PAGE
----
Talk of sanctions today and everyone thinks of Iran. But not that long ago it was another country that came to mind: South Africa. Former president F. W. De Klerk, who negotiated the end of apartheid with African National Congress leader Nelson Mandela, spoke recently in Washington about his experiences and their relevance to current headlines. (The event, sponsored by the Legatum Institute and Foreign Policy, marked the official launch of Democracy Lab.)
In a question-and-answer session with Karim Sadjadpour of the Carnegie Endowment for International Peace, De Klerk offered timely advice on some of today's biggest foreign policy challenges.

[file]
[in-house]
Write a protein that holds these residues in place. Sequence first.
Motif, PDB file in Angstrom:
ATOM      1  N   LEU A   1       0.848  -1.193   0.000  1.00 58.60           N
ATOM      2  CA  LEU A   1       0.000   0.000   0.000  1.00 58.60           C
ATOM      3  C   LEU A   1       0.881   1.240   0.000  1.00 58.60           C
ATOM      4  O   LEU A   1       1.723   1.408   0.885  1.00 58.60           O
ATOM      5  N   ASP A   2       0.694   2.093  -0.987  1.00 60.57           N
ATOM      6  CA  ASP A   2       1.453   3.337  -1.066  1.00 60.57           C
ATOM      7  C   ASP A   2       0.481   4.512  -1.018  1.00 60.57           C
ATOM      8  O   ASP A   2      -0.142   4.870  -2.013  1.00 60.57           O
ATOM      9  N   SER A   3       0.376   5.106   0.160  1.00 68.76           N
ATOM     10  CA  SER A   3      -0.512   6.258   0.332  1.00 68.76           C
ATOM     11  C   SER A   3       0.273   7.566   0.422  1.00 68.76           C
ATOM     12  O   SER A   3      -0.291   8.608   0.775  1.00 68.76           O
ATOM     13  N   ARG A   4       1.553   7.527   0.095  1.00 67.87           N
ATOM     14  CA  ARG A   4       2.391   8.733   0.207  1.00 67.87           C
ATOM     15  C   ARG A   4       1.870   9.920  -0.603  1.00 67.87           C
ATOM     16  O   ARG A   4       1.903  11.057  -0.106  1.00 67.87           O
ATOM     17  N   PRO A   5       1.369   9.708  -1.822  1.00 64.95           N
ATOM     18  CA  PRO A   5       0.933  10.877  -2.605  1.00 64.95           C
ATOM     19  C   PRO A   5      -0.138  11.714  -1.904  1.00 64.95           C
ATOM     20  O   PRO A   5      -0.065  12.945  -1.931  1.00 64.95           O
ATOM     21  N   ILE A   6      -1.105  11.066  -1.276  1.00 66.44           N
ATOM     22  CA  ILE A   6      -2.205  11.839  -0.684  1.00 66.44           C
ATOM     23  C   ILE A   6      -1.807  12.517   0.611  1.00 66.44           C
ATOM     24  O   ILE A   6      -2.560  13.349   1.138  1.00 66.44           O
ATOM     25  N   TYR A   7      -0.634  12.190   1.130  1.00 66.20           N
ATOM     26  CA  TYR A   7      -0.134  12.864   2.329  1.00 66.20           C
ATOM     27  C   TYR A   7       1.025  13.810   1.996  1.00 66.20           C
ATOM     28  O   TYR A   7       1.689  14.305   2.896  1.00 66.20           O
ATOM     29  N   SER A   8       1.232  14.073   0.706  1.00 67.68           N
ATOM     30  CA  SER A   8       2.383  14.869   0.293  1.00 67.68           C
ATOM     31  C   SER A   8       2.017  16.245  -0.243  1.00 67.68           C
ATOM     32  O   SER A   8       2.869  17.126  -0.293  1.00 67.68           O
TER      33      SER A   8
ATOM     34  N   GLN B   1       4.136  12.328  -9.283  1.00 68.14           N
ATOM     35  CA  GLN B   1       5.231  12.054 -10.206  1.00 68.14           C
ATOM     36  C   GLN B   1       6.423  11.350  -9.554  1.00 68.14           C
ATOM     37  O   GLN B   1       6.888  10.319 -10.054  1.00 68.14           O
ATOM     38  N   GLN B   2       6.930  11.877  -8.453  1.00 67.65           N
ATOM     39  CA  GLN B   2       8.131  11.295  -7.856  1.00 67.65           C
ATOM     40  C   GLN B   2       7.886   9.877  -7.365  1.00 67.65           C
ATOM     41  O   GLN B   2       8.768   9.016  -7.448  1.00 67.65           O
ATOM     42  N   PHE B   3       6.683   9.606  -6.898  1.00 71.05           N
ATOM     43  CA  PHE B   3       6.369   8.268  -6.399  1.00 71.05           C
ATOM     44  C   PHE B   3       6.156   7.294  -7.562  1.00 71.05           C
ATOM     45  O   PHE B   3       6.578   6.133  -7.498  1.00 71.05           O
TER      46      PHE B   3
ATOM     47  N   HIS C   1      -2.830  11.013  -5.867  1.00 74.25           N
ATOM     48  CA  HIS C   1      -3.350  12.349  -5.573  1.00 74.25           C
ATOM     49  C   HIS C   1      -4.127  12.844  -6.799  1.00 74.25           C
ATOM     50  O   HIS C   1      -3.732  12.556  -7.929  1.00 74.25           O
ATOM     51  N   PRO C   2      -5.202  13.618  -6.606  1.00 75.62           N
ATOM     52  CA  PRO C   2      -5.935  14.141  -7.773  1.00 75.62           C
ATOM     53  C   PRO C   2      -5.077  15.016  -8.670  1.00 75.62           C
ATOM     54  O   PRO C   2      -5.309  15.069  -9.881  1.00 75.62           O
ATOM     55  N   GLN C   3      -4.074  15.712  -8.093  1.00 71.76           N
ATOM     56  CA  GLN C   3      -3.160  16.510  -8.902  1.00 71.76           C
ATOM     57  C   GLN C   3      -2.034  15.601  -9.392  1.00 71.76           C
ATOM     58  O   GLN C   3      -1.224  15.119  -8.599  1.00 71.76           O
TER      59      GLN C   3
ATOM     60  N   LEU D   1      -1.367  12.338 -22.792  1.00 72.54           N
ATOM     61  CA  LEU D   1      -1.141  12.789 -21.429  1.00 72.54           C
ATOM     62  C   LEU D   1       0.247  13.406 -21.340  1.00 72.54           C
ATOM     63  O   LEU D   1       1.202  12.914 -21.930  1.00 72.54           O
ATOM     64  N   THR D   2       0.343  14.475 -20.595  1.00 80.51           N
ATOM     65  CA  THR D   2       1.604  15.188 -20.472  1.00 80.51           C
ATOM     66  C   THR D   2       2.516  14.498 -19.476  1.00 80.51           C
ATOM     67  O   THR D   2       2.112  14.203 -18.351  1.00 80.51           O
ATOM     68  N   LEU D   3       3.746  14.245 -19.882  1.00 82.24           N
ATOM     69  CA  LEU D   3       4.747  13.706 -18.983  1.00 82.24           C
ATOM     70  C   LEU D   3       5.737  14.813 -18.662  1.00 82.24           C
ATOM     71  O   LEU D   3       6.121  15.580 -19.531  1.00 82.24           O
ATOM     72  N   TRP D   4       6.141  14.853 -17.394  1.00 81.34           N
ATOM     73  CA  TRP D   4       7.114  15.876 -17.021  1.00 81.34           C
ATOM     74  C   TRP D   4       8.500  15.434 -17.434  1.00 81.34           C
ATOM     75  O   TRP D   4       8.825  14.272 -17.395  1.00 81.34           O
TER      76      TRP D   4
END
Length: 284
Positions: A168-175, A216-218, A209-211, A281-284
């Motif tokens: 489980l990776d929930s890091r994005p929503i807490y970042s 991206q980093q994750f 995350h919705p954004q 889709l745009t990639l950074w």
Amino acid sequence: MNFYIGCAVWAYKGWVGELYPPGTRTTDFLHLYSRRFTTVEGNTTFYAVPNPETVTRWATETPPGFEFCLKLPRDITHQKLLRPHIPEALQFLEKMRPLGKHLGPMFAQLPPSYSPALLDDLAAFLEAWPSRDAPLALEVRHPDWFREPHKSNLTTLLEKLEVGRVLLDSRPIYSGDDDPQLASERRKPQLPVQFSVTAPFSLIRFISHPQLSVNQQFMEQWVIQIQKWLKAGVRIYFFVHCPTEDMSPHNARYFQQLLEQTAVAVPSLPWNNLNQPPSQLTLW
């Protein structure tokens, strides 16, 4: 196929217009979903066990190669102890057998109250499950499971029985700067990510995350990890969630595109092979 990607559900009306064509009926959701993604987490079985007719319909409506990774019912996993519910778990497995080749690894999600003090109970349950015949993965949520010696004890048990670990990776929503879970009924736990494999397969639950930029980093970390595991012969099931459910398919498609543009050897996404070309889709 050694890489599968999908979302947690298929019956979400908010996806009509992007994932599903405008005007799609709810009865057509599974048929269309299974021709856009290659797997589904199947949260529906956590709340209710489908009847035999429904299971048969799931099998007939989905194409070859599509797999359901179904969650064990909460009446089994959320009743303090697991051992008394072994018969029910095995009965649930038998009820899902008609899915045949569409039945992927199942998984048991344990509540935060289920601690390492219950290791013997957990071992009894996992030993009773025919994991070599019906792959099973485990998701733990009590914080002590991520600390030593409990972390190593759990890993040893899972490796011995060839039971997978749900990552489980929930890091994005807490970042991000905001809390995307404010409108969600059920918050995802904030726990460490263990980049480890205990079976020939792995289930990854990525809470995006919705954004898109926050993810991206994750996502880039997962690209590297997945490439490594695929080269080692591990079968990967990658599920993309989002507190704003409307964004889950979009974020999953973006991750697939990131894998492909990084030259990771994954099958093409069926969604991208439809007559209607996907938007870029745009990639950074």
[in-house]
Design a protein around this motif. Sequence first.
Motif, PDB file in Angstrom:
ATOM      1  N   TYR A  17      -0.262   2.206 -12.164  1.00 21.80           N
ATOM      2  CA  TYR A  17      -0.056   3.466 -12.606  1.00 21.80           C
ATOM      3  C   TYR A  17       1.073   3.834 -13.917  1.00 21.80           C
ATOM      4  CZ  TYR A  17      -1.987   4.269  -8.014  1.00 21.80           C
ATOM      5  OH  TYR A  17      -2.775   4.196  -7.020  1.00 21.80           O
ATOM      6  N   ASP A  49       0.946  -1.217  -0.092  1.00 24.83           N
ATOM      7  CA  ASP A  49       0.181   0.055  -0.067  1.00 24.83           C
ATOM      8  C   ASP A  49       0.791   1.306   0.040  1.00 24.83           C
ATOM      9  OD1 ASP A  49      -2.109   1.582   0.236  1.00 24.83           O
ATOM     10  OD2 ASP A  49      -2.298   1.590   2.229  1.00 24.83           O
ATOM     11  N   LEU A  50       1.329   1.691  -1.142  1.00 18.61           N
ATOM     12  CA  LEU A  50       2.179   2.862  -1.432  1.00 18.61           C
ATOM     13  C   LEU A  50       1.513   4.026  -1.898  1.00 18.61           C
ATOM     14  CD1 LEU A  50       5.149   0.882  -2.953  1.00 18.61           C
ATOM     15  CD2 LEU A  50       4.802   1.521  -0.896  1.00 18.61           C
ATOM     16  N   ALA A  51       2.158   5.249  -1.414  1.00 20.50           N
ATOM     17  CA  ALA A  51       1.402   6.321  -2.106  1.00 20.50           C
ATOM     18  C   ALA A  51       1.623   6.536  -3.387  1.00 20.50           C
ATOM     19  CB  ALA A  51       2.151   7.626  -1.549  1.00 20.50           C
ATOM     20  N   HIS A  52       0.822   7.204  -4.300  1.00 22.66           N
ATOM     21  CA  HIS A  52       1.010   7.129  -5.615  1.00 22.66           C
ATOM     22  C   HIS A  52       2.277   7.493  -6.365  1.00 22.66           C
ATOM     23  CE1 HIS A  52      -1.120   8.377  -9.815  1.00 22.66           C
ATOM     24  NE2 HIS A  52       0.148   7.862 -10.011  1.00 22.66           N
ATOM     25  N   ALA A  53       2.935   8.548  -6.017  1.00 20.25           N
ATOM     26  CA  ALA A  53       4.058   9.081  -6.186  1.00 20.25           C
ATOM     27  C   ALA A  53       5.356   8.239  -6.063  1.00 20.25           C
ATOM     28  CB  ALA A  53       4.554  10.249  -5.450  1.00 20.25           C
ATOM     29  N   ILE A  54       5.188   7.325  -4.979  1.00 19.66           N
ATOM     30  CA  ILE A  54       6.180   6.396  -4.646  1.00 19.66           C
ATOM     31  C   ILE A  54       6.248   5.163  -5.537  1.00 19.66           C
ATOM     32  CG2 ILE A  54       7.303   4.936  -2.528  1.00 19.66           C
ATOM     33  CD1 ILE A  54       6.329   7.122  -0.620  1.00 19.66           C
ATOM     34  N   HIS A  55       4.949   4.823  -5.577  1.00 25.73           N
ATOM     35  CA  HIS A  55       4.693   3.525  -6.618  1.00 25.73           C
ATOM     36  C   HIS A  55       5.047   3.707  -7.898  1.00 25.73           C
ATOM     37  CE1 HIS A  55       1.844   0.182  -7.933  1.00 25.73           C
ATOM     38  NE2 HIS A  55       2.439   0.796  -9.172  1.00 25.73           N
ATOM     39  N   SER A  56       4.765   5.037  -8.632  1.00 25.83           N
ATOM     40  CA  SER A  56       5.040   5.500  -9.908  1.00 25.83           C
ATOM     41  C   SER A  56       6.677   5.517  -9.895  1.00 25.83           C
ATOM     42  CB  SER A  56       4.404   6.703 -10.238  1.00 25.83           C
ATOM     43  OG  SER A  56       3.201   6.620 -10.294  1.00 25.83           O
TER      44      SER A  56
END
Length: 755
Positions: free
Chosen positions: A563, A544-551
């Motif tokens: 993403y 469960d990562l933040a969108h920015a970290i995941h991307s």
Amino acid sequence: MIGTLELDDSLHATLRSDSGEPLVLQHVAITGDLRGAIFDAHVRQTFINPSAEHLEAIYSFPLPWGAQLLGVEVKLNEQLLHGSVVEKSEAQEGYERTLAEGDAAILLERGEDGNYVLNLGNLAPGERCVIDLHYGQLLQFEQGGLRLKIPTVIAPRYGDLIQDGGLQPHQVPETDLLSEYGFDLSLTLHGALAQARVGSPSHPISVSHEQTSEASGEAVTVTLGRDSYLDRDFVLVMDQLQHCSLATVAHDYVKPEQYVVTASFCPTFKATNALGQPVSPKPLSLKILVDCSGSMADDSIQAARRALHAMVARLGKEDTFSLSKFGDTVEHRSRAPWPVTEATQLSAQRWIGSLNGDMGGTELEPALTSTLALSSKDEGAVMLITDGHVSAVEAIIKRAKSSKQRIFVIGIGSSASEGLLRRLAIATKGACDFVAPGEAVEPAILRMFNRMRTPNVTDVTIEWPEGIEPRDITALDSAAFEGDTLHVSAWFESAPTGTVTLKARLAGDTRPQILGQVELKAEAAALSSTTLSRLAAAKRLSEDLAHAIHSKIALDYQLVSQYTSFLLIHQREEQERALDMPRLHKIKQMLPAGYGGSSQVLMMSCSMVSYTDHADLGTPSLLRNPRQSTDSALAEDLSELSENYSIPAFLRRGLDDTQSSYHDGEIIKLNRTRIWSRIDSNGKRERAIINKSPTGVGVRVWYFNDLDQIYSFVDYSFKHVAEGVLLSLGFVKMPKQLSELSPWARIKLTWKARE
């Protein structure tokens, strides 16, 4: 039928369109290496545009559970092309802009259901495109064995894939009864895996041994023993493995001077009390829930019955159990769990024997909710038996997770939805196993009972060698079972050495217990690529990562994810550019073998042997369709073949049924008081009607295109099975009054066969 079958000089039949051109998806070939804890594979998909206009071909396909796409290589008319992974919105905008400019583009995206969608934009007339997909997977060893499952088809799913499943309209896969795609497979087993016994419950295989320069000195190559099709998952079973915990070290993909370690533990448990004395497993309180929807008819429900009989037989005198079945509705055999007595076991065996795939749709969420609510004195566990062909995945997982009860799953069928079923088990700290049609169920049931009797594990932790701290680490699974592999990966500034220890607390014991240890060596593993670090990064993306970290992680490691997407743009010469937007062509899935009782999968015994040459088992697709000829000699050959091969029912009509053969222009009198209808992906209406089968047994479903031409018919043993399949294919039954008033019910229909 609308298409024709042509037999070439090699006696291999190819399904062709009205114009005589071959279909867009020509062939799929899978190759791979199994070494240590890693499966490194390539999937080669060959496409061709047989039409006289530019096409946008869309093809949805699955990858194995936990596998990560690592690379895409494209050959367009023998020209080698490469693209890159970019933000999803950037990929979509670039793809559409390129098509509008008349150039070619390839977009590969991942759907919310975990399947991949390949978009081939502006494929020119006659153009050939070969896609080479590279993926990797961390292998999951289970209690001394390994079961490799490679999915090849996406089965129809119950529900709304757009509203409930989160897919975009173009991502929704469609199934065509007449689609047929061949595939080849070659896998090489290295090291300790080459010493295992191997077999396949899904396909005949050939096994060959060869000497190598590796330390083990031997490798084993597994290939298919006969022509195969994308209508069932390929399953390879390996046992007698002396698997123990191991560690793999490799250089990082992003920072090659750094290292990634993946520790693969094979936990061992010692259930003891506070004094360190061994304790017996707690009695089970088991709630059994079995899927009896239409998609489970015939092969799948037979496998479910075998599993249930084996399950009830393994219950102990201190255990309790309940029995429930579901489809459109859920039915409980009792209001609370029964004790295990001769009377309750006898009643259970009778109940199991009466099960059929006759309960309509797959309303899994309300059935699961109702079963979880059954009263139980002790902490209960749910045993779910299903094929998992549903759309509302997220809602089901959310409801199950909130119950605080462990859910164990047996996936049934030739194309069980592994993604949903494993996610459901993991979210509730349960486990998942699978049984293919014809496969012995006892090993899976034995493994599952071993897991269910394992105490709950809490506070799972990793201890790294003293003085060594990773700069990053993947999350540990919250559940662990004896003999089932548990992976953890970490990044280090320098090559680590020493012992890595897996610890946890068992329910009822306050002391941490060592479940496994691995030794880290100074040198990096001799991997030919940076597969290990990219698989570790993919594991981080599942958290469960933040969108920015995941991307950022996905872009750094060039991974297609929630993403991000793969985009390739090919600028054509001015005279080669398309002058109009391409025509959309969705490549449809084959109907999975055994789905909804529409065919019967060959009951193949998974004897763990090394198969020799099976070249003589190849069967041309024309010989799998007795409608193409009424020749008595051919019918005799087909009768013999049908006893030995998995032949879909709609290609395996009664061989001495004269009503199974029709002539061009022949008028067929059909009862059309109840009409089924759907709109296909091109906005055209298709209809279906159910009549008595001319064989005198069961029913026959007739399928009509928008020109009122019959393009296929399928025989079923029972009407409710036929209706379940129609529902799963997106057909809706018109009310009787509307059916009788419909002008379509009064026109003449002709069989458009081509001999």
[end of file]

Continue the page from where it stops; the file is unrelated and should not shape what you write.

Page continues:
On the effectiveness of sanctions as a means for pressuring governments to change: It's a double-edged sword.
On nuclear weapons as a tool for state security: It was a Cold War strategy. (Hint to Iran: Not worth the trouble.)
On the prospects for negotiation in Syria: It's too late, Bashar, it's just too late...
Along with Mandela, De Klerk received the Nobel Peace Prize in 1993 for his work to end apartheid in South Africa. He heads the Global Leadership Foundation, a non-profit organization that seeks to share the experiences of past world leaders with current ones.
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